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I greatly sympathize, also as non-lawyer. I don’t know how lawyers (are supposed to) do this. Having seen a fair cross-section of mental abilities in computers and lawyering and Parliament, I suspect that it is something that has been put up with since for ever.

In computer terms it is a joke. Like handing someone pages of undocumented spaghetti program source code, and the a bunch of textual edits, and instructions to the reader to make the substitution in their head.

Nobody in computers has had to do that since punch cards and batch processing (which mercifully I missed by about 10 years), and it nobody thinks that was in any way a good system (except for the precision it enforced – one thing that is amazing to me is – as far as I can observe - the low rate of semantic “bugs” in drafting)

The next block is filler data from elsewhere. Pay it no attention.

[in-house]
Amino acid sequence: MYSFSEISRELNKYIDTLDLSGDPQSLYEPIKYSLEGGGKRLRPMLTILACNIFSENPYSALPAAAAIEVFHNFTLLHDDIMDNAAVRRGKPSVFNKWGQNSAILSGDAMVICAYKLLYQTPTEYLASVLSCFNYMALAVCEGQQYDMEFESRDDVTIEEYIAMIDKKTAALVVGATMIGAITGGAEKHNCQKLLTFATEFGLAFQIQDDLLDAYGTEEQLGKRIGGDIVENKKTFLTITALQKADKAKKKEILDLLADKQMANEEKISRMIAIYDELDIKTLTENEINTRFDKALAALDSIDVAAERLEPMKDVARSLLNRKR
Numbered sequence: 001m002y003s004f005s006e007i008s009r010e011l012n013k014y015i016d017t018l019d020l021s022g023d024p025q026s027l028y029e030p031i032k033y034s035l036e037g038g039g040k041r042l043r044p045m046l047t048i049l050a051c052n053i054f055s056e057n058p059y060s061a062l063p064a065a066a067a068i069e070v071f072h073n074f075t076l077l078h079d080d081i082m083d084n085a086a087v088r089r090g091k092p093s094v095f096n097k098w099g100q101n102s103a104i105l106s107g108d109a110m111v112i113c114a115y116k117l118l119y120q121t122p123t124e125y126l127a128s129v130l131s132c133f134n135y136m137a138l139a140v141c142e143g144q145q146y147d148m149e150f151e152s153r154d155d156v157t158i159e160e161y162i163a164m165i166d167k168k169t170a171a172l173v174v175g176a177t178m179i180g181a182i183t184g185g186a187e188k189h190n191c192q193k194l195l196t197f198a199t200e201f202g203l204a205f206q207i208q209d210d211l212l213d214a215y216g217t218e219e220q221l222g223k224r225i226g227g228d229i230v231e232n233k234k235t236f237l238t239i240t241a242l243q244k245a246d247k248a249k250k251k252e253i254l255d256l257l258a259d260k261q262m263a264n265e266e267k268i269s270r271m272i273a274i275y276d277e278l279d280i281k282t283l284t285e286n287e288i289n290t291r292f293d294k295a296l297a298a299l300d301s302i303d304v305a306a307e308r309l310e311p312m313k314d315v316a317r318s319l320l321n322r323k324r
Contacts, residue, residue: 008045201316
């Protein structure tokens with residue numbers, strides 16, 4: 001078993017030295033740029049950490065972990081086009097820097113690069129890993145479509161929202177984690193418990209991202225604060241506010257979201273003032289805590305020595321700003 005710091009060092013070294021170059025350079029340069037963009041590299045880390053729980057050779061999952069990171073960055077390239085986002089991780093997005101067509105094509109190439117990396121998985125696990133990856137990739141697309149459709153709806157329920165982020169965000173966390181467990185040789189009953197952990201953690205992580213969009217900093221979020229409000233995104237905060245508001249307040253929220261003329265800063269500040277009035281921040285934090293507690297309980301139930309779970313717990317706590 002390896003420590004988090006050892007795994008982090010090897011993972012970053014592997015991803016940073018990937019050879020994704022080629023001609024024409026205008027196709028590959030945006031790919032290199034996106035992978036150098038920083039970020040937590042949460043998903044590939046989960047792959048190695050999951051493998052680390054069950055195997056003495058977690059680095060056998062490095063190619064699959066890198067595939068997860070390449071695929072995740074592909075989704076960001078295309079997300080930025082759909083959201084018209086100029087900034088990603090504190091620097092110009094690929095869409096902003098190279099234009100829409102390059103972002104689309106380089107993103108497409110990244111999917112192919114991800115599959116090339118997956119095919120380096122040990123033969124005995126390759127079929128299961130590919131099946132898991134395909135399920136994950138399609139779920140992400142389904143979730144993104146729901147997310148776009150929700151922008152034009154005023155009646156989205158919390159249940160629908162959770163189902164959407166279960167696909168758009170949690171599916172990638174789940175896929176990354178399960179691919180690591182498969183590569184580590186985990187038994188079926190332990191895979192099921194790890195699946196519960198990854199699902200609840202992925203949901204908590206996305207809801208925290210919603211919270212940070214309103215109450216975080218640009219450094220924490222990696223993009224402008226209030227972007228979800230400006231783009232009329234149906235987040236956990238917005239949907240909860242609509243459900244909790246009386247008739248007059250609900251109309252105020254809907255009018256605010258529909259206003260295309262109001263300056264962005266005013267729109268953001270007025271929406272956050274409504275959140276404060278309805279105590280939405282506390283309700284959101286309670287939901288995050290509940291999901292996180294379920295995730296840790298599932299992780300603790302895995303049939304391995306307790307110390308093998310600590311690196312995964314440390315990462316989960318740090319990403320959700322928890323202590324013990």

I suspect there is a lot of guildsmanship with the profession of parliamentary draftsman and legal interpretation specialists – “if we made it easy, anyone could do it”, moreover it is an effective way of shutting down scrutiny of problematic bills. Very few parliamentarian actually enjoy or attempt to fix technical drafting – in practice “scrutiny” on both houses overwhelmingly amounts to asking “probing amendments”, making a short speech on general principles, and then sitting back amazedly when the minister responds everything is fine with the text and intention.

I wonder if in 10 years MPs will have a thin tablet of electronic paper, on which they can see animated the original Act, the proposed amendments highlighted, and the running order for amendments in debate. God forbid even and instant messenger system allowing on to say to other “I’ll take this point in that amendments if you do this one?”

Maybe in 20 years in UK, 5 years after other civilized parliaments….

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